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  • It`s field trip season here at CNN Center.

  • And I want to thank Eagles Landing Christian Academy for visiting yesterday.

  • It was great meeting you.

  • Our first story this Thursday centers on the Florida Panhandle.

  • A U.S. Defense official says a Blackhawk helicopter,

  • like this one, crashed during a training mission on Tuesday night.

  • Within hours,

  • searchers found debris around an island near Eglin Air Force Base.

  • The seven U.S. Marines and four Army air crew

  • aboard the chopper were presumed dead.

  • There was heavy fog in the area where the aircraft crashed.

  • But a military spokeswoman says

  • it`s too early to tell if that`s what caused the accident.

  • A second helicopter traveling with it returned safely to base.

  • General Martin Dempsey,

  • the highest ranking member of the military,

  • says this is a reminder that those who serve put themselves at risk,

  • both in training and in combat.

  • The U.S. Congress is considering

  • whether to approve President Obama`s request

  • for military action against the ISIS terrorist group.

  • It had its first hearing on the request yesterday.

  • The president`s plan puts a three year limit on military force against ISIS.

  • The next president would have to

  • get Congress` approval for anything longer than that.

  • And it says there will be no enduring offensive ground combat for U.S. troops.

  • That`s language that`s been criticized as unclear

  • from some Democratic and Republican lawmakers.

  • At yesterday`s Senate Foreign Relations Committee hearing,

  • General Martin Dempsey,

  • Defense Secretary Ashton Carter and secretary of State John Kerry

  • all testified about the president`s plan to fight ISIS.

  • We simply cannot allow this collection of murderers

  • and thugs to achieve, in their group, their ambition,

  • which includes, by the way,

  • most likely the death or submission of all those who oppose it.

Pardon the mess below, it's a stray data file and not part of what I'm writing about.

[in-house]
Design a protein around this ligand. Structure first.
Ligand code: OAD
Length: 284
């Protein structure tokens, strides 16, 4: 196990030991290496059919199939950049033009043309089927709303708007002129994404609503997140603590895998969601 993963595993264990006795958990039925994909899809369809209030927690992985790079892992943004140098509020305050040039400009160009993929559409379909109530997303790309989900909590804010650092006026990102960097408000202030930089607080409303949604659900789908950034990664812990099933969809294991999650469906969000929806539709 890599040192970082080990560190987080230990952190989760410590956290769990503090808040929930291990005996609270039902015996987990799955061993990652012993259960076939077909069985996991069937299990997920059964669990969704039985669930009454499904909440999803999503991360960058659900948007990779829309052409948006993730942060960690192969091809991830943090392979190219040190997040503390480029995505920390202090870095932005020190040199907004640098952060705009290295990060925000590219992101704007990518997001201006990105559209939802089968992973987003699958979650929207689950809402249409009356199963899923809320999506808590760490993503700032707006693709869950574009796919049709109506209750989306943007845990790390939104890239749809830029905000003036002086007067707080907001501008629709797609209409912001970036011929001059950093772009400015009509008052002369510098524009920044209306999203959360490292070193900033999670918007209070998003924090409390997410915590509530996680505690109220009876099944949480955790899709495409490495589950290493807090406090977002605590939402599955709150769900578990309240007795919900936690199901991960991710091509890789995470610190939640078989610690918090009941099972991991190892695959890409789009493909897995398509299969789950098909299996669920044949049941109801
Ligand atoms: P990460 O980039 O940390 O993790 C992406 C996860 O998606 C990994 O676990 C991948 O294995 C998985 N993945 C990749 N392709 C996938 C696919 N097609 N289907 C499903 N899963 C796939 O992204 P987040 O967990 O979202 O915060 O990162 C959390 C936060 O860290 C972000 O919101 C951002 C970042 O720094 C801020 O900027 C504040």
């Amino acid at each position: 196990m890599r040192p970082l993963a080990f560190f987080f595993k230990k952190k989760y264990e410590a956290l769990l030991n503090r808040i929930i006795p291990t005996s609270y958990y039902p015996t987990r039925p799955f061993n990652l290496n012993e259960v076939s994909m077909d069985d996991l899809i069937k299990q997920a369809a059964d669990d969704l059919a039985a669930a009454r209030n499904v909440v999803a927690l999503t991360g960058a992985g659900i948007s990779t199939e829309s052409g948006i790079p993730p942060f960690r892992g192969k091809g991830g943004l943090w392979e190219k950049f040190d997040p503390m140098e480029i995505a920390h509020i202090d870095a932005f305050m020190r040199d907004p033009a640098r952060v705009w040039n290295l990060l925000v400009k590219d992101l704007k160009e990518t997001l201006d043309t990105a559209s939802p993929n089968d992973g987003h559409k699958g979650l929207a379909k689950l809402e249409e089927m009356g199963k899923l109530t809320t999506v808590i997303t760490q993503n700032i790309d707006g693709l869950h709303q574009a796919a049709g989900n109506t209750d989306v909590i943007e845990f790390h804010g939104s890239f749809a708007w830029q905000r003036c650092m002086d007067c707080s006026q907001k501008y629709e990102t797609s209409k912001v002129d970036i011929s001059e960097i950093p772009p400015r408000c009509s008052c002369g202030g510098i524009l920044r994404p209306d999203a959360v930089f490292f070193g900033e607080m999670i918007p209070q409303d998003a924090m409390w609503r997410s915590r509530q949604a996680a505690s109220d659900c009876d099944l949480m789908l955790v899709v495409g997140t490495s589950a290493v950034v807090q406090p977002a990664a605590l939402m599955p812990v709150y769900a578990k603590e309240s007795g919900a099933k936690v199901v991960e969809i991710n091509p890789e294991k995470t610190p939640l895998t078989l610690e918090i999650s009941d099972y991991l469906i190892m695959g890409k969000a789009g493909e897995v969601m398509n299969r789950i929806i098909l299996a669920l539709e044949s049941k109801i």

• President Obama says his plan does not authorize

  • another ground war like those in Afghanistan and Iraq.

  • But some Democrats in Congress want the proposal

  • to be more limited in terms of where,

  • how long and how much U.S. force is needed.

  • And some Republicans think the plan is too limited

  • and not forceful enough to defeat ISIS.

  • Lawmakers say it could be months

  • before the House and Senate vote on the president`s request.

  • We`re going coast-to-coast on today`s Roll Call.

  • Out West, way out West,

  • we`re starting with Manokotak Nunaniq School.

  • It`s in Manokotak, Alaska, where The Lynxs are watching

  • Independence, Missouri is our next stop.

  • It`s where the Nighthawks are online at Nativity of Mary Middle School.

  • And we`ll wrap up our Roll in West Newbury,

  • Massachusetts with Pentucket Regional Middle School.

  • It`s great to see the Sachems this Thursday.

  • For years now,

  • it`s been a case of good news/bad news with the U.S. economy.

  • The bad news, on Tuesday, the Dow Jones Industrial Average,

  • a stock market indicator, took a dive,

  • dropping more than 332 points, its worst day of the year.

  • Inflation in China, debt in Greece,

  • wholesale inventories in the U.S., they all shared the blame.

  • Also, U.S. wages, they`re not increasing enough

  • to help American workers feel like they`re better off.

  • Now for the good news.

  • 1.7 -- that`s how many job seekers there are for every job opening.

  • This is my favorite labor market chart. Why?

  • At the height of the recession, that number was nearly seven.

  • That meant there were seven people competing for every available job opening.

  • There are, today, five million job openings in the country.

  • That`s a 14-year high.

  • It`s just the latest evidence the U.S. labor market is getting stronger.

  • More people are quitting their jobs, too.

  • Why is that a good thing? That is a sign of confidence.

  • You usually don`t quit your job unless you`re pretty sure you can get a new one.

  • Now, this job market isn`t perfect,

  • but it`s the best in seven years.

  • Temperatures have heated up in Boston, Massachusetts.

  • Today`s high is 36, but it was in the mid-50s yesterday.

  • The city is less than two inches of snow away

  • from having had its snowiest winter ever recorded,

  • and it may yet break its record of 107.6 inches

  • that was set in the winter of 1995-1996.

  • But the place that may be the all-time record holder

  • for heaviest snowfall in a day is nowhere near Boston.

  • In February, the residents of Boston

  • may have experienced their snowiest month on record.